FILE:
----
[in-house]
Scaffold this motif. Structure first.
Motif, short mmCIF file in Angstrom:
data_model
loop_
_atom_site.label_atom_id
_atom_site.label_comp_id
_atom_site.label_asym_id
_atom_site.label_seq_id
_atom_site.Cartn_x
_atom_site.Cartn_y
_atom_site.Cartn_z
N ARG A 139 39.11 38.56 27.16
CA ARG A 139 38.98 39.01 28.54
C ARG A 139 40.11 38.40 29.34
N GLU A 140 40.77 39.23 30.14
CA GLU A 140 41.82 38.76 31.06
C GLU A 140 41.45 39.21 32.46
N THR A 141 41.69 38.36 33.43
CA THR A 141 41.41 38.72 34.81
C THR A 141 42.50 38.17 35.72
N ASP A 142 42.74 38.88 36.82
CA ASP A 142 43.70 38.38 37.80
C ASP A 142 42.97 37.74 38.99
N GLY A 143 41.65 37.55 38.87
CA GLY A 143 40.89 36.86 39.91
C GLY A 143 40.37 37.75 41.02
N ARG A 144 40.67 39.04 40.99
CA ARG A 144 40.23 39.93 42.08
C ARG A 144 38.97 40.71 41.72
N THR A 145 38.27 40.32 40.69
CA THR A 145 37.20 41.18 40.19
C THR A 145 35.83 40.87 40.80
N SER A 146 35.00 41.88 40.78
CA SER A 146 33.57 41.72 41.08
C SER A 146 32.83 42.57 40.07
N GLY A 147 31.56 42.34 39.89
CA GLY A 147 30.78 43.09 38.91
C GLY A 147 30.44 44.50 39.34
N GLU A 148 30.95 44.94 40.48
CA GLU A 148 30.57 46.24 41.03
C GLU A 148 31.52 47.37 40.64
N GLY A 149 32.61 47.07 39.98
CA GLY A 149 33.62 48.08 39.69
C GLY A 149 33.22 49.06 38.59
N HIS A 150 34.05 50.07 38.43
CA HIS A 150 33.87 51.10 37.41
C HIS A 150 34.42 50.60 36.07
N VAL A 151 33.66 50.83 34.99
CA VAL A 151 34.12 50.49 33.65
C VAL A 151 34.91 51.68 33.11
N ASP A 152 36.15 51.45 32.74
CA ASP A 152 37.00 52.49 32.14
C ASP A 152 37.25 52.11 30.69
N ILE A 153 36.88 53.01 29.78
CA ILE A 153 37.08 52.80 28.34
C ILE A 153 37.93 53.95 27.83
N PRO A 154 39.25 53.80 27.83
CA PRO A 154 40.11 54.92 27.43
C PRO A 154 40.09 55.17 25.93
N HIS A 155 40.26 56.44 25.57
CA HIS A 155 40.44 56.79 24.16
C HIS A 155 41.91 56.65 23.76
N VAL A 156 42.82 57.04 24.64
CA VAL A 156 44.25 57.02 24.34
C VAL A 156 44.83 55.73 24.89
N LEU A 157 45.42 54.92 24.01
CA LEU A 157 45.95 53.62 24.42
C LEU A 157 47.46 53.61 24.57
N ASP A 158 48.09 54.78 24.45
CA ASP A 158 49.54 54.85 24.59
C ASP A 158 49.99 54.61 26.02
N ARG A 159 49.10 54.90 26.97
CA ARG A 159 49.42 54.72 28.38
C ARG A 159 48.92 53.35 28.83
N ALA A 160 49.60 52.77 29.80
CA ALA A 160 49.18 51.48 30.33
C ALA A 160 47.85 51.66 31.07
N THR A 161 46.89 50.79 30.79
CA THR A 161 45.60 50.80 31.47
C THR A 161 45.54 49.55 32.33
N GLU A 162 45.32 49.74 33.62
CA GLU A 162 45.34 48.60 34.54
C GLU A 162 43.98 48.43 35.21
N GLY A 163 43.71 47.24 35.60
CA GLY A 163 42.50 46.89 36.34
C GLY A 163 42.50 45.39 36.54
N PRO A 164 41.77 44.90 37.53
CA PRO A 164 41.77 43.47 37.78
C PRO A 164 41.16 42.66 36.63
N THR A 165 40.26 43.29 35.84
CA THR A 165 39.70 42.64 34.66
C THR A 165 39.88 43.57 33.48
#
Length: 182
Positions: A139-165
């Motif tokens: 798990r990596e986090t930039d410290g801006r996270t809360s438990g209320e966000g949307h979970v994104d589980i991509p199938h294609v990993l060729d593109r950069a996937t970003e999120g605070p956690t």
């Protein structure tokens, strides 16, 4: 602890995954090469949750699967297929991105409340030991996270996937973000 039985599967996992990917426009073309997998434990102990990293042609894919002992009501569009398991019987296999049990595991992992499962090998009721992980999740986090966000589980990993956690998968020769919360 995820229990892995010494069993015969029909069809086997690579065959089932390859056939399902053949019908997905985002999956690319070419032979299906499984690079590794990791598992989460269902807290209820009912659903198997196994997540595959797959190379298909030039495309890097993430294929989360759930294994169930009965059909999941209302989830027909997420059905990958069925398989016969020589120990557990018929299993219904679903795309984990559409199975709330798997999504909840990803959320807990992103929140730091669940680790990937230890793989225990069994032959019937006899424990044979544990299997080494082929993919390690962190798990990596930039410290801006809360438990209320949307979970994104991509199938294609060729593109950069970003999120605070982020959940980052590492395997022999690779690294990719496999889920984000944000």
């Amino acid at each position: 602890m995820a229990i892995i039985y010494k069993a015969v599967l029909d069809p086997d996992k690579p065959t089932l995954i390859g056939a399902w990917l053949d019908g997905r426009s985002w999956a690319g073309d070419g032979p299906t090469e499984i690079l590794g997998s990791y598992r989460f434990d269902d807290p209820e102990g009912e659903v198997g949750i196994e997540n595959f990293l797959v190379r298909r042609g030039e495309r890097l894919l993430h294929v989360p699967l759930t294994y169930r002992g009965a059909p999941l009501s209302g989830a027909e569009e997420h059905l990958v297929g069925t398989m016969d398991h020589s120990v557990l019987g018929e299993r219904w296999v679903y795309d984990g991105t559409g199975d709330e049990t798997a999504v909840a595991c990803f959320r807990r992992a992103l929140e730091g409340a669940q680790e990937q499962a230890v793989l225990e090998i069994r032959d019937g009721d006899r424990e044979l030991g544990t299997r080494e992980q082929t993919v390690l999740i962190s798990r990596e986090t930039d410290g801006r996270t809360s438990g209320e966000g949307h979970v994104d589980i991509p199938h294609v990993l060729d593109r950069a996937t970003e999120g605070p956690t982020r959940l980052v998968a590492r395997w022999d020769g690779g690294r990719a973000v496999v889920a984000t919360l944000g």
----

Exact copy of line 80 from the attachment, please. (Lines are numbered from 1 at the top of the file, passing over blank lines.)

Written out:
CA THR A 161 45.60 50.80 31.47